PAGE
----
Mayor's election in Okinawa is setback for U.S. air base move

Japanese officials are pressuring the U.S. to close the Futenma Air Base on Okinawa, a base that has been a key Pacific outpost for the U.S. since World War II. The Japanese complain that the sound from the helicopters torments locals who live in the newly-developed area surrounding the base.
By Blaine Harden
Washington Post Staff Writer
Monday, January 25, 2010

TOKYO -- In a small-town election that may have a big impact on U.S. ties with Japan, voters in Nago on Okinawa chose a new mayor Sunday who opposes the relocation of a noisy U.S. military air base to his town.

Susumu Inamine, who said during his campaign that he did not want the air station constructed in Nago, defeated the incumbent, Yoshikazu Shimabukuro, who has long supported hosting the base as a way of increasing jobs and investment.

"I was campaigning in the election with a pledge not to have a new base built," Inamine told supporters Sunday night.

The United States and Japan agreed four years ago to move the U.S. Marine Corps Air Station Futenma, now located in a dense urban area in the center of Okinawa, to Nago, a town of 60,000 in the thinly populated northern part of the tropical island. It was to have been built on landfill along a pristine coast on the edge of the town.

But to the exasperation of the Obama administration, that deal was put on hold last fall after the election of a new government led by Prime Minister Yukio Hatoyama, who says Japan has been too passive in its dealings with the United States. Hatoyama has suggested that the base be moved off Okinawa or out of Japan altogether -- and has also said that the outcome of the mayoral vote in Nago would be a factor in his government's final decision, which he has promised to make by May.

Inamine's anti-base campaign attracted support from environmentalists and from local members of Hatoyama's Democratic Party of Japan and its coalition partners, as well as from the Japanese Communist Party.

Nago's mayor avoided mention of the airbase in his campaign, saying its relocation was not a matter that could or should be decided by him or residents of his city.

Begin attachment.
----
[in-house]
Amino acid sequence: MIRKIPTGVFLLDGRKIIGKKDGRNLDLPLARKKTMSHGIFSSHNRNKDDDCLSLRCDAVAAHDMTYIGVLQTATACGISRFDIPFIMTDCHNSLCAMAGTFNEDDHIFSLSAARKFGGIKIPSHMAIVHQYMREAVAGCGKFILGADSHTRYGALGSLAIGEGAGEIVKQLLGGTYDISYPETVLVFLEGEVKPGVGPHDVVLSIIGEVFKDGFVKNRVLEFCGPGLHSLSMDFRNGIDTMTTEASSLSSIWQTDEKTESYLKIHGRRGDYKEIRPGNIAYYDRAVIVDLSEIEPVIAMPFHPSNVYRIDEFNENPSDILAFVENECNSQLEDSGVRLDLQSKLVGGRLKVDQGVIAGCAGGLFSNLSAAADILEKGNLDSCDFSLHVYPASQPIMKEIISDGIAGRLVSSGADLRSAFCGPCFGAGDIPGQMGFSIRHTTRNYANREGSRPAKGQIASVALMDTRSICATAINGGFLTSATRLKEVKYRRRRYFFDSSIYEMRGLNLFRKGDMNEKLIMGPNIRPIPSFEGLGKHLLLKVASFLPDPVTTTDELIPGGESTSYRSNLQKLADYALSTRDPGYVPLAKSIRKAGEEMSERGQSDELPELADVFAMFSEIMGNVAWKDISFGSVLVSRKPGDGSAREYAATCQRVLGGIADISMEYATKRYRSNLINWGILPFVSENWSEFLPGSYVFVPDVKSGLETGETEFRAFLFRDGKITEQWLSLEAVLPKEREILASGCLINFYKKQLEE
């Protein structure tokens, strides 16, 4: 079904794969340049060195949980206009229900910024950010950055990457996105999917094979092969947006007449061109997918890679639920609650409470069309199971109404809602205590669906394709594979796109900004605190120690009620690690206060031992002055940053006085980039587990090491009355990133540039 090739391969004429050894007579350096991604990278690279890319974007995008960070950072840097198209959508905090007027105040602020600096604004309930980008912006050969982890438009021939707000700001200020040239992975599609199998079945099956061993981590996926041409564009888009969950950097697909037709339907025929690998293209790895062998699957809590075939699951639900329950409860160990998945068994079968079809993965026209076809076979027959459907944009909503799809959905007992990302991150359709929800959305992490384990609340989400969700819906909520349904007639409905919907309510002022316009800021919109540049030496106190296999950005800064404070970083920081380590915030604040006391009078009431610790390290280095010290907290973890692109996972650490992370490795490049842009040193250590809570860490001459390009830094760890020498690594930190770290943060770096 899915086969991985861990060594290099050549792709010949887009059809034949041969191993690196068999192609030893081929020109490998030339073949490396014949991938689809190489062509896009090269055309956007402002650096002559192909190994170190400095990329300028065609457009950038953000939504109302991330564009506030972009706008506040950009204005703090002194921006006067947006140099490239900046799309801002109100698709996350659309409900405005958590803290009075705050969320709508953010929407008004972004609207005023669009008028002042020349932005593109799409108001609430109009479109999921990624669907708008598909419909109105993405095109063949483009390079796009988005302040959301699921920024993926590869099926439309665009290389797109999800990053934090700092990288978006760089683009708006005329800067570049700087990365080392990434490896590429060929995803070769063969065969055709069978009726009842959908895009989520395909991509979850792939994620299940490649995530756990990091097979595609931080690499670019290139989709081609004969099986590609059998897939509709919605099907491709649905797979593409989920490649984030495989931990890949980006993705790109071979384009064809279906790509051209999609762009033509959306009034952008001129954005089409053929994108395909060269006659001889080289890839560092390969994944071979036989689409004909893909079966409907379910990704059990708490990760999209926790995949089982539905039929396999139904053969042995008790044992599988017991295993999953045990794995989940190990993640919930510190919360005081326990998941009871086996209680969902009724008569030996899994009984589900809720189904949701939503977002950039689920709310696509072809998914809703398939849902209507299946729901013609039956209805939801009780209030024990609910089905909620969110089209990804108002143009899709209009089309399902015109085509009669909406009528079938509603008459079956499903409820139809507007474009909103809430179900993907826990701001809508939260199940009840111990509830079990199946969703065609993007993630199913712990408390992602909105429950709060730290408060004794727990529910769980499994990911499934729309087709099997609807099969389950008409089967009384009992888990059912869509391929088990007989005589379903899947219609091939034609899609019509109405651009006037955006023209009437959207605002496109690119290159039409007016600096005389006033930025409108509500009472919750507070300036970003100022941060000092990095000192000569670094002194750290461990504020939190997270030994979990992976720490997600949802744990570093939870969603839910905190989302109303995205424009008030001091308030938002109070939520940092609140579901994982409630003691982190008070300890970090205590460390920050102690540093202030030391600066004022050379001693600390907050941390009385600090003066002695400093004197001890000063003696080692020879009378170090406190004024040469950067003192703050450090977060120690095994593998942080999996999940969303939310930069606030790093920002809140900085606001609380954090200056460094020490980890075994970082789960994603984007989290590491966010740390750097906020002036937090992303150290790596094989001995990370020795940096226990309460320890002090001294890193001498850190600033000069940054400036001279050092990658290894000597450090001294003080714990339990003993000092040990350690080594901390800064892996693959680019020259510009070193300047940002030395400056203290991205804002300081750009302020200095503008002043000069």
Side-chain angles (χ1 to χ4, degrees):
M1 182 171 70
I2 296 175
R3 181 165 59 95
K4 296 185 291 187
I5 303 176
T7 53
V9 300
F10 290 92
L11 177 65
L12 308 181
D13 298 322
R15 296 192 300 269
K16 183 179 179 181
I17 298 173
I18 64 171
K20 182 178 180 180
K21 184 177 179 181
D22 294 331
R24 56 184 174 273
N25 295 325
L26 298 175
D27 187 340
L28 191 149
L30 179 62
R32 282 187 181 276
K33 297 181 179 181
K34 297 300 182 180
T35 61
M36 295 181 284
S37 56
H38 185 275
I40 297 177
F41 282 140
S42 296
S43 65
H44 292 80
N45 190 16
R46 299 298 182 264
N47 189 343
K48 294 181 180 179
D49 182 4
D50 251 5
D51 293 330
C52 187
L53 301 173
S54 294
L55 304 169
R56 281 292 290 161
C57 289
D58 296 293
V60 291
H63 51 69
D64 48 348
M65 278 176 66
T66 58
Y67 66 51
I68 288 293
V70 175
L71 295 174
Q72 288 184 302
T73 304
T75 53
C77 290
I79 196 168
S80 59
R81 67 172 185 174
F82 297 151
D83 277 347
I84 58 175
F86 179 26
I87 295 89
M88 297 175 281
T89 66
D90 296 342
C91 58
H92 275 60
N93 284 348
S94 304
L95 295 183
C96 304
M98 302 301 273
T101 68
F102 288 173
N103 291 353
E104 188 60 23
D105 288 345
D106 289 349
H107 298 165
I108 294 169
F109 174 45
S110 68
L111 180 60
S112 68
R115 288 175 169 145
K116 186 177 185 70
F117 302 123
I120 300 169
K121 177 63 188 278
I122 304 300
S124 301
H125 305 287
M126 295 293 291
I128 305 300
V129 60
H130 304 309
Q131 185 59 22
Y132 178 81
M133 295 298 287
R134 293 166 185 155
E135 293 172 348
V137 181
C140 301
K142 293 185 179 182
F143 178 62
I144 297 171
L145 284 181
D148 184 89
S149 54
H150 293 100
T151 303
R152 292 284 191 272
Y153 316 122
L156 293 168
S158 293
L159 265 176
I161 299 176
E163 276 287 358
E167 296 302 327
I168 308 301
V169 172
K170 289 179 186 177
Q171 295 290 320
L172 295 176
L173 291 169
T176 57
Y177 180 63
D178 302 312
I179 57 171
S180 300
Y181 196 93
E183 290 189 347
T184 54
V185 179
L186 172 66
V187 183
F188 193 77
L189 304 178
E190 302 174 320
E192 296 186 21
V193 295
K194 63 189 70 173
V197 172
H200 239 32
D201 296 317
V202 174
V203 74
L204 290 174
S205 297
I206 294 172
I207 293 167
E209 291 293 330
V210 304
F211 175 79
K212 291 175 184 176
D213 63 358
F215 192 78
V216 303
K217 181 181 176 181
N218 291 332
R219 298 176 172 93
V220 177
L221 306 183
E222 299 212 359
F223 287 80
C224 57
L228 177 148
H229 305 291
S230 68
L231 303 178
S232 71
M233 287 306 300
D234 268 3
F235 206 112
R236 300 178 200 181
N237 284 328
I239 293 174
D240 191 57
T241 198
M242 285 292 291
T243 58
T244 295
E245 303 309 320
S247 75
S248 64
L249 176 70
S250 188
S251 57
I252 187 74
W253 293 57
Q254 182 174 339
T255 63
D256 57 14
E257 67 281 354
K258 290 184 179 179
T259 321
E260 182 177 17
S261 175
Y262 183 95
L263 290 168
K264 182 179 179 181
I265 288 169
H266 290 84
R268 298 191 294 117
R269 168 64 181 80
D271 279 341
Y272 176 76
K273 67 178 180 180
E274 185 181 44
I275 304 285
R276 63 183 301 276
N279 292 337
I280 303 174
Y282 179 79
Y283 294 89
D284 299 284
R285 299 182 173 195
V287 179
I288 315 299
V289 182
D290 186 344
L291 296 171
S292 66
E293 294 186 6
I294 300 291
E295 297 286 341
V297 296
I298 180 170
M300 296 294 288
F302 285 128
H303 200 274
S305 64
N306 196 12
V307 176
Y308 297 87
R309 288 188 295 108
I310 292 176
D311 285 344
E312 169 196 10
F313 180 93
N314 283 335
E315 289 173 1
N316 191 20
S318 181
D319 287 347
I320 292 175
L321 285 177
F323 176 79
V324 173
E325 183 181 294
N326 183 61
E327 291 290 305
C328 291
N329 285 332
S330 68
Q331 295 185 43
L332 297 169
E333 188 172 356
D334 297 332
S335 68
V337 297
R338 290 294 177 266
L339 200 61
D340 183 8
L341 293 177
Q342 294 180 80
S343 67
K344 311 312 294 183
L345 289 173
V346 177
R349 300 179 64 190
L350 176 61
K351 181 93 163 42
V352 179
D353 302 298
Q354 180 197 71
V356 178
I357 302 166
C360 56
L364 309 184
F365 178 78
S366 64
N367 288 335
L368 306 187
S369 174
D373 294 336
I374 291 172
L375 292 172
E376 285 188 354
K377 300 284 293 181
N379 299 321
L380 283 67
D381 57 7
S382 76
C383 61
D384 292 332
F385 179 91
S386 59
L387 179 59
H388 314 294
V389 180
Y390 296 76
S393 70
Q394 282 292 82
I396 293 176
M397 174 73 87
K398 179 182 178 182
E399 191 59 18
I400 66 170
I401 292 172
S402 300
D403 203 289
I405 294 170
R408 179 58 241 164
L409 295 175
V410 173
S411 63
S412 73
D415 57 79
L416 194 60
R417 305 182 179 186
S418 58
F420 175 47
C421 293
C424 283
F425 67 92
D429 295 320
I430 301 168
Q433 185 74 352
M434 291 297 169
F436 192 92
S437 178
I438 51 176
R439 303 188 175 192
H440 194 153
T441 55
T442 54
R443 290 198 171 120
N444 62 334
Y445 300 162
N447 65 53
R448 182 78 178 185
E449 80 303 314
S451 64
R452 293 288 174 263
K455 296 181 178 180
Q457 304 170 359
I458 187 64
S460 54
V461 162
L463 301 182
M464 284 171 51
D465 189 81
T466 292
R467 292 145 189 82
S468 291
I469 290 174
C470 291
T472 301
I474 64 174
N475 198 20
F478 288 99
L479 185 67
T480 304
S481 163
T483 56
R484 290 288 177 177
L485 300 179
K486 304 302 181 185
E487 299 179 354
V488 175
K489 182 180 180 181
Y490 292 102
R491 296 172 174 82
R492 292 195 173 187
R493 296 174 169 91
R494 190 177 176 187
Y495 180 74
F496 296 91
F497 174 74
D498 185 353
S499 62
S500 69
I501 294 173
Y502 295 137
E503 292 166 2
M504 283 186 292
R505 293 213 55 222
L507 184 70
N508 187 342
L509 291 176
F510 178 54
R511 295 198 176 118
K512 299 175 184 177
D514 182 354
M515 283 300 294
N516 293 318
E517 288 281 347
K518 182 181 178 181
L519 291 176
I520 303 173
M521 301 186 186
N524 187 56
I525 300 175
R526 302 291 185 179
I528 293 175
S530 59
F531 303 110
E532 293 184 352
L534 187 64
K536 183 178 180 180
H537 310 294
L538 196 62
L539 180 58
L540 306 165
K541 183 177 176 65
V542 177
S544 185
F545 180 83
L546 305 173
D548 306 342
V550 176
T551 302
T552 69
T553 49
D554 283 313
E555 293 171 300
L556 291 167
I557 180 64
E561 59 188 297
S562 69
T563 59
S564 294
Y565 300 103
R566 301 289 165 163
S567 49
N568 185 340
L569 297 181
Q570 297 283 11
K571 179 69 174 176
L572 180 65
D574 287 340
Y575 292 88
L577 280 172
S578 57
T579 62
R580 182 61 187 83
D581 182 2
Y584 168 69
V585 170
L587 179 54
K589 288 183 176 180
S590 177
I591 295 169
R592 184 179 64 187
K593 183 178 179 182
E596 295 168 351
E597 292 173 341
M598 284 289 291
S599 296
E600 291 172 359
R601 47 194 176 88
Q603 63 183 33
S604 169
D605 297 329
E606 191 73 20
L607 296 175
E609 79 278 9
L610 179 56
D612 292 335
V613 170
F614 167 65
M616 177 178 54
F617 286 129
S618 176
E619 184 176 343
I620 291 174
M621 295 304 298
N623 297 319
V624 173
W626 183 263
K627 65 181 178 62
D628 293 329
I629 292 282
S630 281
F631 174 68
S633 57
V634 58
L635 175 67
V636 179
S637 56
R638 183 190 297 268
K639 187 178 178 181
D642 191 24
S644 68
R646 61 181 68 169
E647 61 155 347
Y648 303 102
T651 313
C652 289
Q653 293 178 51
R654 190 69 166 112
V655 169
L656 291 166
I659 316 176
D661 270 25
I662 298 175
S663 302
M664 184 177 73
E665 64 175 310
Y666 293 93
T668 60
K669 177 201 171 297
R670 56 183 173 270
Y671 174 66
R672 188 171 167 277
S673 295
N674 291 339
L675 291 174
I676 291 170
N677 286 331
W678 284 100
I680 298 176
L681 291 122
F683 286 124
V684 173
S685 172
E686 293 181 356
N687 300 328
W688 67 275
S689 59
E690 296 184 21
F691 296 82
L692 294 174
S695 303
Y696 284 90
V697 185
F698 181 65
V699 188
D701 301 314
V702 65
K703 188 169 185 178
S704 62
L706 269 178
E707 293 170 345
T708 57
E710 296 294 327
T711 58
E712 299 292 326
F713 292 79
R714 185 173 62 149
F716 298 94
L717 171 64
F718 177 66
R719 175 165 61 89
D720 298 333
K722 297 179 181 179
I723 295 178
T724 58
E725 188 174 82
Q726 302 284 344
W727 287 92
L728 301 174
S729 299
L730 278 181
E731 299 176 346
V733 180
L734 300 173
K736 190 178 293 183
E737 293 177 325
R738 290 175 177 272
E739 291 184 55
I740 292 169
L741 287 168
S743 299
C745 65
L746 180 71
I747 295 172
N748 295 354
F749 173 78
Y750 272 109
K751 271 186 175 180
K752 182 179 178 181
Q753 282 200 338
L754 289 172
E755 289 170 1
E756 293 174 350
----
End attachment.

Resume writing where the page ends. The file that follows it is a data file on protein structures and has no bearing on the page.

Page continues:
That view is shared by U.S. Marine Corps commanders, who view the Futenma air station as a linchpin in the continuous training and on-call mobility of the Third Marine Expeditionary Force, which is based on Okinawa and is the only such U.S. force in the Far East.

"National security policy cannot be made in towns and villages," Lt. Gen. Keith J. Stalder, commander of Marine forces in the Pacific, said in an interview last week.

Relocating the Marine air station to Nago is a key part of a $26 billion deal between Japan and the United States to transfer 8,000 Marines from Okinawa to Guam and turn over valuable tracts of land to people on the island. Defense Secretary Robert M. Gates said last fall that the deal would probably collapse if the air station does not move to Nago.

Several U.S. officials said last week they believe that senior leaders in the Hatoyama government have begun to realize that there is no workable alternative to relocating the air station as previously agreed. They also said that such an important decision should be made in Tokyo and not in a local election.

Construction of the air station in Nago would require a massive landfill in a picturesque stretch of waters now used by fishermen and snorkelers. It is opposed by environmentalists who have filed a lawsuit saying it would destroy habitat of the rare dugong, a manatee-like sea mammal. A Japanese government environmental assessment has said that dugongs have not been seen in the proposed construction area for many years.

For many Okinawans, the Futenma air station has become a symbol of the noise, pollution and risk of accidents that they associate with the large U.S. military presence on the island.

Surrounded by 92,000 people in the city of Ginowan, Futenma torments its neighbors with the comings and going of combat helicopters and transport aircraft.

In 2004, a helicopter based at the airfield crashed into the administration building of a nearby college. There were no deaths, but the incident angered local residents and led to the 2006 agreement to move the air base to Nago.

The vote in Nago does not necessarily kill the relocation of the air station. The final decision is up to the governor of Okinawa, who has shown qualified support for the base relocation plan, and the central government in Tokyo.

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